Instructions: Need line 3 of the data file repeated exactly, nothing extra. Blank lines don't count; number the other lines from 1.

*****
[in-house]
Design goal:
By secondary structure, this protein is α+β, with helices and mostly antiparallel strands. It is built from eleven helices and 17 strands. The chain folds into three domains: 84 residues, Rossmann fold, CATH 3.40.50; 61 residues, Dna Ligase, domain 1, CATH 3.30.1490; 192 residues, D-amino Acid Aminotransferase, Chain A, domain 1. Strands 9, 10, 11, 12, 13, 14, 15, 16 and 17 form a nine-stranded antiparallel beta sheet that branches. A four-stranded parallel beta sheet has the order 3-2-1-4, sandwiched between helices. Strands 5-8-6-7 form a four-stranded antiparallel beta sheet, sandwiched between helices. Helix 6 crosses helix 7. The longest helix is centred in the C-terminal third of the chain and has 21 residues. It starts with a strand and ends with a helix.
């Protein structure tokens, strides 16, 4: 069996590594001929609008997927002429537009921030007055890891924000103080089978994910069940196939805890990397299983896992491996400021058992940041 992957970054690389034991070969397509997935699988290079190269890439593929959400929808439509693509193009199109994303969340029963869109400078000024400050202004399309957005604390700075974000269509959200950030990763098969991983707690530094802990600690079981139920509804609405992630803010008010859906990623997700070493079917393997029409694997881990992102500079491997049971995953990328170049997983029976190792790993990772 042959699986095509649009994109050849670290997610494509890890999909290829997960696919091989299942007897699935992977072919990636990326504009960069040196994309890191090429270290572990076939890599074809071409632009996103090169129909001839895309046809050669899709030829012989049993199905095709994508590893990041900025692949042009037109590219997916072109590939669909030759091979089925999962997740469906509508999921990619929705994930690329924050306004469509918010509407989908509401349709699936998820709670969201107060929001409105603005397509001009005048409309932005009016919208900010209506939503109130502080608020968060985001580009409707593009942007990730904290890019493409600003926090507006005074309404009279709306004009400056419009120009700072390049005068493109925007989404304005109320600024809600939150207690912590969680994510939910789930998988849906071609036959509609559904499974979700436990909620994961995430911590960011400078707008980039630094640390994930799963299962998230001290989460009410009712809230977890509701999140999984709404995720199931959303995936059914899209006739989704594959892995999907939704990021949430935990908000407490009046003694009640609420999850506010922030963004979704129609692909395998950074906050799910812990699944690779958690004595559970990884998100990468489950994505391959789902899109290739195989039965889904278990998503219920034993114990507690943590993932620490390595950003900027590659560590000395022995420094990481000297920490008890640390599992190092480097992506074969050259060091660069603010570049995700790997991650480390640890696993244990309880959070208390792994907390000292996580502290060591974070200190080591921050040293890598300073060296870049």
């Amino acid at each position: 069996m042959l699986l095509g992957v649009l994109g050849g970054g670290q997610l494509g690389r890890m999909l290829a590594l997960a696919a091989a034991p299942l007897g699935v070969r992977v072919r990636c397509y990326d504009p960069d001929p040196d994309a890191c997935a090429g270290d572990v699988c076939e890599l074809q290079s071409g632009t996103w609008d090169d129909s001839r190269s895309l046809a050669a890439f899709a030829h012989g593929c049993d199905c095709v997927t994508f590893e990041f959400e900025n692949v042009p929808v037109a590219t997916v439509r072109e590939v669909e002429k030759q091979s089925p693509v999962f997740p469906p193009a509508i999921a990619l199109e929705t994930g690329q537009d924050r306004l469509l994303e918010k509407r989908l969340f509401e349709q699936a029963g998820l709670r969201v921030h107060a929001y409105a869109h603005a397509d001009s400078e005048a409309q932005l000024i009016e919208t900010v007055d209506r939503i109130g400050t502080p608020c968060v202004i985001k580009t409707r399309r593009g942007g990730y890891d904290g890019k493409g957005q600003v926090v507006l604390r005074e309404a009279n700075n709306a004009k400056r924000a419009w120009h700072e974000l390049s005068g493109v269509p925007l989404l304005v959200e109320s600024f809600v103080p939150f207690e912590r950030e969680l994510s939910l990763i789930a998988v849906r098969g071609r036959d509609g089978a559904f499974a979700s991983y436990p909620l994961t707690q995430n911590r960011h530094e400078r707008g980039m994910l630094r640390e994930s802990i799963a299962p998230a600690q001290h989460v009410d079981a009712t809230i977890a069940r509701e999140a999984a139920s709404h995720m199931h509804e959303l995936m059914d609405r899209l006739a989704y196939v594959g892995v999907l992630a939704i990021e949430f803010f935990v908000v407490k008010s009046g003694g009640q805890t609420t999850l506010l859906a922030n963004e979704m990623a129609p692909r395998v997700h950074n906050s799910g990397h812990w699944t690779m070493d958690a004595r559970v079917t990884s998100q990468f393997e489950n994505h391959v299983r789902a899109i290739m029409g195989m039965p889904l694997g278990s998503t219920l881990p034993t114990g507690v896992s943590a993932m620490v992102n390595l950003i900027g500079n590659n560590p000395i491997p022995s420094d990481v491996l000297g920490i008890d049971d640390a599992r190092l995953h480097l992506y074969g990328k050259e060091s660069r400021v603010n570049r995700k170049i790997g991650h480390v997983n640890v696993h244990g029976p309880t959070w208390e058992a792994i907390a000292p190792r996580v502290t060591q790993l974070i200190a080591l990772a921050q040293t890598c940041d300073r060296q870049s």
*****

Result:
By secondary structure, this protein is α+β, with helices and mostly antiparallel strands. It is built from eleven helices and 17 strands. The chain folds into three domains: 84 residues, Rossmann fold, CATH 3.40.50; 61 residues, Dna Ligase, domain 1, CATH 3.30.1490; 192 residues, D-amino Acid Aminotransferase, Chain A, domain 1. Strands 9, 10, 11, 12, 13, 14, 15, 16 and 17 form a nine-stranded antiparallel beta sheet that branches. A four-stranded parallel beta sheet has the order 3-2-1-4, sandwiched between helices. Strands 5-8-6-7 form a four-stranded antiparallel beta sheet, sandwiched between helices. Helix 6 crosses helix 7. The longest helix is centred in the C-terminal third of the chain and has 21 residues. It starts with a strand and ends with a helix.